The German Youth Council, DNK, and the European Youth Forum have called on Germany to allow young volunteers and pupils to be part of new proposed EU visa rules. The organisations are making this call, along with other German civil society and youth organisations, in a meeting with the Ministry of Interior in Germany.
The proposed EU “Visa Directive” – the legislation which sets out how researchers, students, pupils, volunteers, trainees and au-pairs can come into the EU for a period of up to 12 months – is now being negotiated by the European Commission, the European Parliament and the Council of the EU. The Council’s position – pushed for by Germany – goes against the proposal of the Commission and the position of the Parliament in that it removes volunteers, pupils, trainees and au pairs as mandatory categories to be included in the Directive.
The European Youth Forum and DNK call on Germany, and on other Member States to rethink this position. International youth mobility makes a vital contribution to intercultural understanding across the globe, and to young people’s skills development. But there are currently too many barriers in place for non-EU young people to come to the EU for study, volunteering and other learning opportunities. Not including volunteers or pupils adds little value to the revision of the Visa Directive as a whole.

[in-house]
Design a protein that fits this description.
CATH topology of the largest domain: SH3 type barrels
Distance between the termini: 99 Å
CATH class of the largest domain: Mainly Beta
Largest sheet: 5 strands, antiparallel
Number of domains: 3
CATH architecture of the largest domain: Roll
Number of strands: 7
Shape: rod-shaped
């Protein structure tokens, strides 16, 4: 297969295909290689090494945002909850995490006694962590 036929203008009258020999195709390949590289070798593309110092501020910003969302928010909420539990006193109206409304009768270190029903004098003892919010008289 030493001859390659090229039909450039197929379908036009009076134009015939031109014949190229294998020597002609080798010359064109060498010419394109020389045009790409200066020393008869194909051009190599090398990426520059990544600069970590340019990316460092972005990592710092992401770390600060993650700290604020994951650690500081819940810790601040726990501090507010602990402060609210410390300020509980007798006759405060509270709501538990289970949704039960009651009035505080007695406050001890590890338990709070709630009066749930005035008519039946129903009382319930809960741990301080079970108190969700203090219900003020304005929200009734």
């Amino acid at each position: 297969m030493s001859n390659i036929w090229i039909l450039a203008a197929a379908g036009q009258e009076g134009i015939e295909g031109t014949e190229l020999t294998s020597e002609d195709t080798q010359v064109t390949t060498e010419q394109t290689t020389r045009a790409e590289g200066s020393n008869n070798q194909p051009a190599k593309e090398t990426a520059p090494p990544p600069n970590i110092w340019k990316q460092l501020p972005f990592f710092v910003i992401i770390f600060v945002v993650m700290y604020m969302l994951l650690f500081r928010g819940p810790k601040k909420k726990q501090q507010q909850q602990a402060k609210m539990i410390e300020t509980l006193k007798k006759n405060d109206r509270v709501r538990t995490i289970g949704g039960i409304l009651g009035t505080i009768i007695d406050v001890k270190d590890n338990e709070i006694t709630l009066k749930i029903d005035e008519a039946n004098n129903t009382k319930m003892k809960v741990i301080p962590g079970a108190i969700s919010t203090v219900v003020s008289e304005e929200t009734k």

As well as the personal and socio-cultural benefits of youth mobility, pupils and volunteers contribute to Europe’s economic growth. In many countries, volunteers represent the equivalent of up to 5% of the economically active population.
The civil society group that is meeting with the Germany Ministry of Interior has also put forward further demands, such as no visa fees for participants of non-profit activities, as well as the possibility of intra-EU mobility for those that have been granted a Visa.
Tobias Koeck, Chairman of the DNK, comments:
“It’s obvious and a matter of European solidarity for us, to support this initiative of the European Youth Forum together with its member organisations to include volunteers and pupils in the Visa Directive. Beside Germany, all other Member States recognized the value of this: fostering the mobility of young people, the inter-cultural exchange and engagement of the civil society. No matter if it’s in the non-formal, informal or formal scope of learning and education.”
Luis Alvarado Martinez, Vice President of the European Youth Forum, comments:
“There are clear personal, social and economic benefits when young people participate in volunteer activities and pupil exchanges abroad. Excluding volunteers and pupils from the Visa Directive means shutting them out of Europe and the inter-cultural learning opportunities that these kinds of experiences can bring. That is why we have joined forces with German civil society to call on Germany to rethink its position and include these groups in the Directive.”
Source: European Youth Forum